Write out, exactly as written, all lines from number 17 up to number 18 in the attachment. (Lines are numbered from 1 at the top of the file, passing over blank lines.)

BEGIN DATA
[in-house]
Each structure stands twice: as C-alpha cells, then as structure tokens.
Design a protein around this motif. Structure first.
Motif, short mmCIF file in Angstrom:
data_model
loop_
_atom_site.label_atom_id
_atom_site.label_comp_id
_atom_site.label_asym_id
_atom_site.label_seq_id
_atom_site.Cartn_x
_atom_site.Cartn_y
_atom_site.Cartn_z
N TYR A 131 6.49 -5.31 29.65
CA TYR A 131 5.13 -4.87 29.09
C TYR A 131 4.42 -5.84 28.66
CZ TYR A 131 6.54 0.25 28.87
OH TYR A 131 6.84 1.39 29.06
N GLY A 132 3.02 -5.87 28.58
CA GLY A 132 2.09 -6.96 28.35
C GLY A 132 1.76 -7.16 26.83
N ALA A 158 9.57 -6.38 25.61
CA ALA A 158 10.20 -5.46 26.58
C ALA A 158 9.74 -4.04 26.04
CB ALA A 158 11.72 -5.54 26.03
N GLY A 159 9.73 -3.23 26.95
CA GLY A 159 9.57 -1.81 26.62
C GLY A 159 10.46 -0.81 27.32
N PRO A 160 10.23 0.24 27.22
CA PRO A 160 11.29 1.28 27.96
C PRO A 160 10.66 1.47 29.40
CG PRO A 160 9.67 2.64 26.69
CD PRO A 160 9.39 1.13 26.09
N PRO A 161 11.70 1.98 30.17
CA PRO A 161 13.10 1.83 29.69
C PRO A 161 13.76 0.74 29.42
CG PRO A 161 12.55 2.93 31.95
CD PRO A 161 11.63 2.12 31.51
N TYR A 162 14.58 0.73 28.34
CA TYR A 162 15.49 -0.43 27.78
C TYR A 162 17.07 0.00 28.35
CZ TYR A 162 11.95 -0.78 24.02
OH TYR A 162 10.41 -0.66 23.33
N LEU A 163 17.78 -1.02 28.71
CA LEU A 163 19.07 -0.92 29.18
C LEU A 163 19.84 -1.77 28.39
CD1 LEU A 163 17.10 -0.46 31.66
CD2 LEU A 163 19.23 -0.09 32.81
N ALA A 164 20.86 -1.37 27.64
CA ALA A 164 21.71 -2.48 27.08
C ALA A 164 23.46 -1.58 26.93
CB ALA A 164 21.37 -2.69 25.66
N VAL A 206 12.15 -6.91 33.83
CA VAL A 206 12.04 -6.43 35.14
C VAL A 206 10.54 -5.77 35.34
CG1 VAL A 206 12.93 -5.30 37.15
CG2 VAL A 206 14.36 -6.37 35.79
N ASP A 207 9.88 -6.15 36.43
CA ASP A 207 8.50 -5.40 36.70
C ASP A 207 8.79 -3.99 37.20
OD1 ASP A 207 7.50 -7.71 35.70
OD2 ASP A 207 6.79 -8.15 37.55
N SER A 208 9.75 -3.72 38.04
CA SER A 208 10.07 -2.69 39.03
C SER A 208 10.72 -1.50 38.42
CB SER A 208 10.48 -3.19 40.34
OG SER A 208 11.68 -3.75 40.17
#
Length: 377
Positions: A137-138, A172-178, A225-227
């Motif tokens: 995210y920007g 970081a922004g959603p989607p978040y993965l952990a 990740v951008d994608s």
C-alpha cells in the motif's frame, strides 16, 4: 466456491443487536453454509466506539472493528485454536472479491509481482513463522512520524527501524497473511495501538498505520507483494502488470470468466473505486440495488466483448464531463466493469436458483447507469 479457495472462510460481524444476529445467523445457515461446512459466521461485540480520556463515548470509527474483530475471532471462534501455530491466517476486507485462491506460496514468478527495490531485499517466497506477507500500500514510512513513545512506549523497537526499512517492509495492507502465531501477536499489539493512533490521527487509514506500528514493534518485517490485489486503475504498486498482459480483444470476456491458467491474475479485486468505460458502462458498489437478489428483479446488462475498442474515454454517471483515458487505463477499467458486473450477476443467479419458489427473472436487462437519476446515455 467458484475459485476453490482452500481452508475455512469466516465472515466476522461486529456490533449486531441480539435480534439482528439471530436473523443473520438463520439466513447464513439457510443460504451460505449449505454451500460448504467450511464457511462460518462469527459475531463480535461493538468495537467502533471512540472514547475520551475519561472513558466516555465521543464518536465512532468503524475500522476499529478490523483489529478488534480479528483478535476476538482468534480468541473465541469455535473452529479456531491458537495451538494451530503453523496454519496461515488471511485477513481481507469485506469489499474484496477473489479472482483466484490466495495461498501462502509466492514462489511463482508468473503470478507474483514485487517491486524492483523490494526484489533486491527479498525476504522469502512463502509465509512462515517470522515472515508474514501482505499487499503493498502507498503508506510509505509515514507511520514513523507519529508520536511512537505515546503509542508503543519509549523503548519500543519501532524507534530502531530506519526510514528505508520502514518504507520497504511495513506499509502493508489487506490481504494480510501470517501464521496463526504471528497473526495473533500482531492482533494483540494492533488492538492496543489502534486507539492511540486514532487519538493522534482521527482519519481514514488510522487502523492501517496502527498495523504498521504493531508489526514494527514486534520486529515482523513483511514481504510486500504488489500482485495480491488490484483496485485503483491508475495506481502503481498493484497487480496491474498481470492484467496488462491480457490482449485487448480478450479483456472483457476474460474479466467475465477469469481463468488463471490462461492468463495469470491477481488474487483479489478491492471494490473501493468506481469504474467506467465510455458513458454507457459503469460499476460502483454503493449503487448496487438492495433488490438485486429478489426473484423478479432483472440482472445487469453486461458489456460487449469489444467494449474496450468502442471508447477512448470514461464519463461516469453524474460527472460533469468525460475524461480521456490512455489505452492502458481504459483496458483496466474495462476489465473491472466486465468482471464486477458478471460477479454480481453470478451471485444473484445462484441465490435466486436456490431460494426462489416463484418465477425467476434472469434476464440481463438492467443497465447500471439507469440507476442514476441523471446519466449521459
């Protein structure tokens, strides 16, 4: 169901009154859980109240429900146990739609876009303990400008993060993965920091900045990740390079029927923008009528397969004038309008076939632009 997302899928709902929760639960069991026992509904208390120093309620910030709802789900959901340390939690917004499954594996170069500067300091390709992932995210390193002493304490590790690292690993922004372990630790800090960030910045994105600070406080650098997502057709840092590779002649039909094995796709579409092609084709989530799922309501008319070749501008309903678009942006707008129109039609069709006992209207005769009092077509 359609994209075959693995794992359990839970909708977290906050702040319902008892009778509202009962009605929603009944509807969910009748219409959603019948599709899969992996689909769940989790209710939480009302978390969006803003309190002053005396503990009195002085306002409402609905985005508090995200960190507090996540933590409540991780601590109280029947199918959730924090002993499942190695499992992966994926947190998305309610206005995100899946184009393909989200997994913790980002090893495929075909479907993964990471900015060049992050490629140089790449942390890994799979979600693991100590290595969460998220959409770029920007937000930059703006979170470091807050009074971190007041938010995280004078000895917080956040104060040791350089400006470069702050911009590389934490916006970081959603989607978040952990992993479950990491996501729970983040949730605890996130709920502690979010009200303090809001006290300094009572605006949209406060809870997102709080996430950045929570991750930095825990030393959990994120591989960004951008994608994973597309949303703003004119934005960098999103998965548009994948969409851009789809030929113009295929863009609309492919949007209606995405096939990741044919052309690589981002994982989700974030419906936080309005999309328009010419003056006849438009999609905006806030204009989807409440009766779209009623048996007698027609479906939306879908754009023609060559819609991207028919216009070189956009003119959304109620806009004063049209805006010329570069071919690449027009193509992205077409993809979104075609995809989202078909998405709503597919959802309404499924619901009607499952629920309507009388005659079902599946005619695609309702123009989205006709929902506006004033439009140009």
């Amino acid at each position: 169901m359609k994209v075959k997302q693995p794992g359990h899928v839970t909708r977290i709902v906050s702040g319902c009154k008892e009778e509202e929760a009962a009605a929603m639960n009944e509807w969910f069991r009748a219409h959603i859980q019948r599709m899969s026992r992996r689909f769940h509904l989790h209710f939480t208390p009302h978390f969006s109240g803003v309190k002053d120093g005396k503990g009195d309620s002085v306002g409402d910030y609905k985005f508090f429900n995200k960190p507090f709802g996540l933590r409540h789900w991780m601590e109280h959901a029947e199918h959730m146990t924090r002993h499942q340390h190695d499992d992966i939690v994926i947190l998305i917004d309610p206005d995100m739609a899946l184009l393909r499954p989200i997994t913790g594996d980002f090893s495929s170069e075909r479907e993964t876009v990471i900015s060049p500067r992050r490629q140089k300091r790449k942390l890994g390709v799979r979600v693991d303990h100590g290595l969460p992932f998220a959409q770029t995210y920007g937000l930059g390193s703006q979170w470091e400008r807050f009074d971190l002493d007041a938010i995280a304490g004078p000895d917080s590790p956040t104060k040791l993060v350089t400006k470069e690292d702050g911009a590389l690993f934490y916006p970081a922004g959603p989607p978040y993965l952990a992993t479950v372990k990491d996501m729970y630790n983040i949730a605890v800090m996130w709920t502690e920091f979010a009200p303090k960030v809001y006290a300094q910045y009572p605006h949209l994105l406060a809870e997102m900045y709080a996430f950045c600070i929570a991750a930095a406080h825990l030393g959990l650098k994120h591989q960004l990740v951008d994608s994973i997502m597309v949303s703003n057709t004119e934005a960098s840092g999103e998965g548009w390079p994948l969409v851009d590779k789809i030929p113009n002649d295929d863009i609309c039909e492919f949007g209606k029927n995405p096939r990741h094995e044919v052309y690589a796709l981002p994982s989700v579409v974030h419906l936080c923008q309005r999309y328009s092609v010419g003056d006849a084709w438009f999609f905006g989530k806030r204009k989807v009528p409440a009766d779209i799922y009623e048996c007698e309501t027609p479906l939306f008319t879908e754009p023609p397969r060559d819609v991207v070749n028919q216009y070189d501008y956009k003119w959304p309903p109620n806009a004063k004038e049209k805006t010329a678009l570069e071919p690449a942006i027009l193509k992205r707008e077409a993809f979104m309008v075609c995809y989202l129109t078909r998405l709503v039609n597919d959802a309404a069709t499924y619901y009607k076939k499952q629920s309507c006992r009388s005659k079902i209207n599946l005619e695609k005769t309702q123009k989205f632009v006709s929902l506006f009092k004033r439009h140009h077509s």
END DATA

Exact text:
CZ TYR A 131 6.54 0.25 28.87
OH TYR A 131 6.84 1.39 29.06